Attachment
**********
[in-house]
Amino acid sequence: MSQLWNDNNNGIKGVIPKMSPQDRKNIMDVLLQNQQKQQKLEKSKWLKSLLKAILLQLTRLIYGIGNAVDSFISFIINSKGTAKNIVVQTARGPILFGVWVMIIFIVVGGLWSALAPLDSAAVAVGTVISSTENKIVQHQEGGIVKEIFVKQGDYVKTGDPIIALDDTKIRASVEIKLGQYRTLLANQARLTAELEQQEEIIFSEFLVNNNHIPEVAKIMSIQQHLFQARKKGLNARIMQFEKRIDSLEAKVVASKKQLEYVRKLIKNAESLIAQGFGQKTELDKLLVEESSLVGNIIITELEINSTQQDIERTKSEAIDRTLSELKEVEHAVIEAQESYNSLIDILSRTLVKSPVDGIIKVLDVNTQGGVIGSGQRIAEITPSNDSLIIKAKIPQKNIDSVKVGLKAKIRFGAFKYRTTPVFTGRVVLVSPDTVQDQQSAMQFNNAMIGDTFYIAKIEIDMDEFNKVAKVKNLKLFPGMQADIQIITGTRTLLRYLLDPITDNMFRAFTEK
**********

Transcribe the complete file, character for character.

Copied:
[in-house]
Amino acid sequence: MSQLWNDNNNGIKGVIPKMSPQDRKNIMDVLLQNQQKQQKLEKSKWLKSLLKAILLQLTRLIYGIGNAVDSFISFIINSKGTAKNIVVQTARGPILFGVWVMIIFIVVGGLWSALAPLDSAAVAVGTVISSTENKIVQHQEGGIVKEIFVKQGDYVKTGDPIIALDDTKIRASVEIKLGQYRTLLANQARLTAELEQQEEIIFSEFLVNNNHIPEVAKIMSIQQHLFQARKKGLNARIMQFEKRIDSLEAKVVASKKQLEYVRKLIKNAESLIAQGFGQKTELDKLLVEESSLVGNIIITELEINSTQQDIERTKSEAIDRTLSELKEVEHAVIEAQESYNSLIDILSRTLVKSPVDGIIKVLDVNTQGGVIGSGQRIAEITPSNDSLIIKAKIPQKNIDSVKVGLKAKIRFGAFKYRTTPVFTGRVVLVSPDTVQDQQSAMQFNNAMIGDTFYIAKIEIDMDEFNKVAKVKNLKLFPGMQADIQIITGTRTLLRYLLDPITDNMFRAFTEK